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The regulation of human parturition
Roger Smith, Sam Mesiano, Richard Nicholson, Vicki Clifton,
Tamas Zakar, Eng-Cheng Chan, Andrew Bisits and Warwick Giles
Mothers and Babies Research Centre, John Hunter Hospital, Newcastle, Australia

Preterm birth accounts for 70% of neonatal mortality and is a common cause for
intellectual handicap among survivors. Approximately 50% of cases of cerebral
palsy are associated with preterm birth, in turn preterm birth increases the risk
of cerebral palsy by 40 times! (Goldenberg, 2002). Preterm labor thus af¬‚icts indi-
viduals at the very beginning of their lives, depriving them of opportunities
and increasing health and educational costs for families and society in general.
Unfortunately the rates of preterm birth have not changed for over 30 years due to
an inability to predict the event and lack of effective therapies.
This clinical problem has driven research into the mechanisms that regulate the
timing of human birth and the disorders which cause preterm birth.
For reasons of ethics most research in the past has focused on animal work, espe-
cially in the sheep. Unfortunately studies have revealed substantial differences
between parturition in humans and that in other animals. Thus animal studies pro-
vide us with clues as to how systems operate to regulate delivery in mammals but
frustrate us with uncertainty as to whether particular mechanisms operate in the
human. Experimental in vivo studies provide the strongest evidence for cause and
effect, yet the closer we come to the human state in our near relatives the apes, the
larger the ethical constraints on experimental studies become. This biological
equivalent of Heisenberg™s Uncertainty Principle dif¬culty continues to restrict
opportunities for interventional, experimental studies of relevance to human par-
turition. Recent observational studies have started to clarify the mechanisms
regulating the process and timing of human birth. Complemented by in vitro
experimental studies using human tissue which can examine cause and effect rela-
tionships progress is occurring. Only when we have a good understanding of the
normal physiology which determines the timing of human birth, can we hope to
understand the disturbances that occur in pathology leading to preterm birth. With
such an understanding we may be in a position to rationally identify predictors of
preterm delivery, methods of preventing preterm delivery and, when these fail,
75 The regulation of human parturition

methods of successfully intervening to generate a healthy newborn able to fully par-
ticipate in our society. This chapter outlines the progress made over the last decade.

Clues from parturition in mammals

In the overwhelming majority of mammals parturition is associated with a fall in
circulating progesterone concentrations and often a rise in circulating estrogens
(see Figure 2.1). This is seen as a type of switch from the pro-pregnancy environ-
ment created by high concentrations of progesterone to the parturition inducing
phenotype created by estrogen. Different mammals use different mechanisms to
create the withdrawal of progesterone. In goats luteolysis initiated by endometrial-
derived prostaglandin PGF2 plays a key role. In mice PGF2 also plays a key role
in luteolysis and COX1 induction in the myometrium is present at labor; neither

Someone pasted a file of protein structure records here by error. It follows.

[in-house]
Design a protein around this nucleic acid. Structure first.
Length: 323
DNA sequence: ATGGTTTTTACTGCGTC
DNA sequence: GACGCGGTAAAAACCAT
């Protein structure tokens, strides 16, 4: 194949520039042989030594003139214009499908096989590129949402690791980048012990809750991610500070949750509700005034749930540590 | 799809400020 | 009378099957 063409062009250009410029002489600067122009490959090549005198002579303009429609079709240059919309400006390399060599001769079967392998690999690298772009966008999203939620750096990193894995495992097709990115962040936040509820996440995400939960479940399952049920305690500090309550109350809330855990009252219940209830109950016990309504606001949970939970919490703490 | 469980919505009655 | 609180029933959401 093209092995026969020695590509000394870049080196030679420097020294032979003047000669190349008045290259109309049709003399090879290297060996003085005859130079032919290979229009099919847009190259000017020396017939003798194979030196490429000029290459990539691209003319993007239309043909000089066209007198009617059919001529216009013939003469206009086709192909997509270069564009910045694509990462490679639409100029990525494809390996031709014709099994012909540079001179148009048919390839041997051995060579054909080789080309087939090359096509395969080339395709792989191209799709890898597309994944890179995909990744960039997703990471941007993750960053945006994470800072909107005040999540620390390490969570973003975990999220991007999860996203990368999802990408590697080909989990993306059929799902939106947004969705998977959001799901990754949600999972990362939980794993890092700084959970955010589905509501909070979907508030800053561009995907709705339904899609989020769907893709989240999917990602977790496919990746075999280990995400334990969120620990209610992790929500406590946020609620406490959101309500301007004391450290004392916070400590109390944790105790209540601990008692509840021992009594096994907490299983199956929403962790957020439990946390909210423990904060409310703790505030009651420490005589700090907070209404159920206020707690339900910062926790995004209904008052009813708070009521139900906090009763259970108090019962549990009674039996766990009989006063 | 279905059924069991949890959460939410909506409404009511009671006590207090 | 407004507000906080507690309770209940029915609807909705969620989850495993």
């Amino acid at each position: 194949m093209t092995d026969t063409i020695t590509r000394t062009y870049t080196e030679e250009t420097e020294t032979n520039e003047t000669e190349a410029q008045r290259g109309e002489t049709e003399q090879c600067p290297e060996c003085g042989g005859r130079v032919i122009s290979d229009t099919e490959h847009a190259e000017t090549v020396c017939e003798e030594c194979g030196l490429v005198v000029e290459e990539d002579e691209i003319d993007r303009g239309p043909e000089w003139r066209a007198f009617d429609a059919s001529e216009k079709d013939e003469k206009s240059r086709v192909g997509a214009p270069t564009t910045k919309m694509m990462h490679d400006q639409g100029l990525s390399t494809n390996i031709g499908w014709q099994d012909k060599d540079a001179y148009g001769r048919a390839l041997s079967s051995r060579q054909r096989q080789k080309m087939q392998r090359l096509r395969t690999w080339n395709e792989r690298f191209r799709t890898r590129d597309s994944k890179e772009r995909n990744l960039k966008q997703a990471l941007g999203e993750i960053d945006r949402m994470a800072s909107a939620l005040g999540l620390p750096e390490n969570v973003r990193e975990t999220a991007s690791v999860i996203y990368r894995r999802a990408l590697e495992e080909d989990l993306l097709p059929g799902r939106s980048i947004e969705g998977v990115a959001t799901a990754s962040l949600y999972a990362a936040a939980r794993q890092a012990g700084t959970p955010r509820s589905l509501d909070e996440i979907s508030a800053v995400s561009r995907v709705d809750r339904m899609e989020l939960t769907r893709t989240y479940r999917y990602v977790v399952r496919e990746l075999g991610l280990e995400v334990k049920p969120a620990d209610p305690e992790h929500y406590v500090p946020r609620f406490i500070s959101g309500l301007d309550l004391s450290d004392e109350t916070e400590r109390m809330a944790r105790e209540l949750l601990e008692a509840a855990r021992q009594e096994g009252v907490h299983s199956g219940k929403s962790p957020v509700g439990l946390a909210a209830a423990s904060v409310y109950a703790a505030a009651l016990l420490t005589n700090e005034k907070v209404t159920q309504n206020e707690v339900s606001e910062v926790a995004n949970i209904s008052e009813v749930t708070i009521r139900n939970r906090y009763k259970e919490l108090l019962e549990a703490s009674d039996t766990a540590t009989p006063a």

occurs in humans (Bethin et al., 2003). In sheep pioneering work by Mont Liggins
indicated a fetal mechanism involving the fetal hypothalamic“pituitary“adrenal
(HPA) axis (Liggins, 1973a, b; 1994). This model has contributed much to our
In the sheep, progesterone levels are high for the majority of pregnancy (Figure
2.1). The sheep placenta converts cholesterol to progesterone but is unable to produce
estrogen because it lacks the 17 -hydroxylase, 17,20 lyase enzyme required for
this conversion. Late in pregnancy, possibly stimulated by placentally derived

Birth Birth Birth
Cow Goat Guinea pig

Sheep Birth Pig Birth Human Birth

Gestational age

Figure 2.1 Variations in the pattern of estrogen and progesterone during pregnancy in different
mammals; solid lines represent estrogen and dashed lines represent progesterone
76 R. Smith et al.

prostaglandin E2 (Young et al., 1996), the fetal hypothalamus releases increased
amounts of the neuropeptide corticotropin-releasing hormone (CRH). The CRH
stimulates fetal pituitary adrenocorticotropic hormone (ACTH) secretion which in
turn drives fetal adrenal synthesis of cortisol. Rising concentrations of fetal cortisol
induce placental expression of 17 -hydroxylase leading to conversion of progesterone
into estrogen (see Figure 2.2). Maternal progesterone levels consequently fall while
estrogen rises. Rising levels of estrogen initiate transcription of many contraction-
associated genes in the myometrium, such as that coding for the oxytocin receptor.
These changes lead to the onset of labor in the sheep. Damage to the sheep fetal hypo-
thalamus, pituitary, or adrenal leads to a failure of parturition and the continuation of
the pregnancy even to the extent of maternal death related to continued fetal growth
and abdominal compression. Importantly, these events do not occur in human preg-
nancy. Clinical conditions occur where the fetal hypothalamus, pituitary, or adrenal
fail to develop; yet labor occurs close to the normal time. Pregnant women do not
remain pregnant inde¬nitely, regardless of the presence of pathology, while preterm
delivery is common. The process in sheep cannot be extrapolated to the human. Why
is this so?

Con¬‚ict as a source of evolutionary drive

The astonishing variety of processes observed in mammalian pregnancy has stim-
ulated debate on the evolutionary pressures which have produced this situation.

Fetus Placenta Mother

hormone Cholesterol

Myometrial contractility,
P450c17 cervical softening

lungs, Estrogens


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